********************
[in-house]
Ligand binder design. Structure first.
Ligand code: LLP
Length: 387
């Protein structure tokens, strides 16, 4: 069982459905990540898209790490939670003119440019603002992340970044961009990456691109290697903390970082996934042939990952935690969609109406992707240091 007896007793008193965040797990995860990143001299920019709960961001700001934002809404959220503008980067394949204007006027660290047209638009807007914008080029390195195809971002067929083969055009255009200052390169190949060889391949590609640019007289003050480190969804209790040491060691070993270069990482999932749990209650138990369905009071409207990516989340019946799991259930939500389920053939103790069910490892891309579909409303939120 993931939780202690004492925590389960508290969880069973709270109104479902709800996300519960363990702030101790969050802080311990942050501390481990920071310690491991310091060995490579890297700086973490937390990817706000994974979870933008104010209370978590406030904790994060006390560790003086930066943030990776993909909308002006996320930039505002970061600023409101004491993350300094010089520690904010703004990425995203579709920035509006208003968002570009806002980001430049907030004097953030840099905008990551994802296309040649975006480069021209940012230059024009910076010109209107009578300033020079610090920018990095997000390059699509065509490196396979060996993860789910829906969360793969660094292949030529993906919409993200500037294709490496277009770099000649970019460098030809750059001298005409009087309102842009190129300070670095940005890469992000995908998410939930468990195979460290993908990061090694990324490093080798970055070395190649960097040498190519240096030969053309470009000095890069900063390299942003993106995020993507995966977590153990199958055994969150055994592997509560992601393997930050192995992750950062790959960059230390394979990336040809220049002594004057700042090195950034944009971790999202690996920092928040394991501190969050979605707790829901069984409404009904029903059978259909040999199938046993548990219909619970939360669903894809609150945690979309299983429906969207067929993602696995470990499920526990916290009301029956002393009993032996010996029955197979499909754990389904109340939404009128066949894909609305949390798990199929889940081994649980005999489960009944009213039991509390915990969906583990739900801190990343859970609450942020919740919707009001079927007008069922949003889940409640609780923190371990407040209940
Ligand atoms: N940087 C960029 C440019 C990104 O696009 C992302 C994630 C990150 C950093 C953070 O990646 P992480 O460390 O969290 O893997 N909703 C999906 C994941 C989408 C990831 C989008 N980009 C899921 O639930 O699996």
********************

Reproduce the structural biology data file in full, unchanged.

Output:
[in-house]
Ligand binder design. Structure first.
Ligand code: LLP
Length: 387
């Protein structure tokens, strides 16, 4: 069982459905990540898209790490939670003119440019603002992340970044961009990456691109290697903390970082996934042939990952935690969609109406992707240091 007896007793008193965040797990995860990143001299920019709960961001700001934002809404959220503008980067394949204007006027660290047209638009807007914008080029390195195809971002067929083969055009255009200052390169190949060889391949590609640019007289003050480190969804209790040491060691070993270069990482999932749990209650138990369905009071409207990516989340019946799991259930939500389920053939103790069910490892891309579909409303939120 993931939780202690004492925590389960508290969880069973709270109104479902709800996300519960363990702030101790969050802080311990942050501390481990920071310690491991310091060995490579890297700086973490937390990817706000994974979870933008104010209370978590406030904790994060006390560790003086930066943030990776993909909308002006996320930039505002970061600023409101004491993350300094010089520690904010703004990425995203579709920035509006208003968002570009806002980001430049907030004097953030840099905008990551994802296309040649975006480069021209940012230059024009910076010109209107009578300033020079610090920018990095997000390059699509065509490196396979060996993860789910829906969360793969660094292949030529993906919409993200500037294709490496277009770099000649970019460098030809750059001298005409009087309102842009190129300070670095940005890469992000995908998410939930468990195979460290993908990061090694990324490093080798970055070395190649960097040498190519240096030969053309470009000095890069900063390299942003993106995020993507995966977590153990199958055994969150055994592997509560992601393997930050192995992750950062790959960059230390394979990336040809220049002594004057700042090195950034944009971790999202690996920092928040394991501190969050979605707790829901069984409404009904029903059978259909040999199938046993548990219909619970939360669903894809609150945690979309299983429906969207067929993602696995470990499920526990916290009301029956002393009993032996010996029955197979499909754990389904109340939404009128066949894909609305949390798990199929889940081994649980005999489960009944009213039991509390915990969906583990739900801190990343859970609450942020919740919707009001079927007008069922949003889940409640609780923190371990407040209940
Ligand atoms: N940087 C960029 C440019 C990104 O696009 C992302 C994630 C990150 C950093 C953070 O990646 P992480 O460390 O969290 O893997 N909703 C999906 C994941 C989408 C990831 C989008 N980009 C899921 O639930 O699996």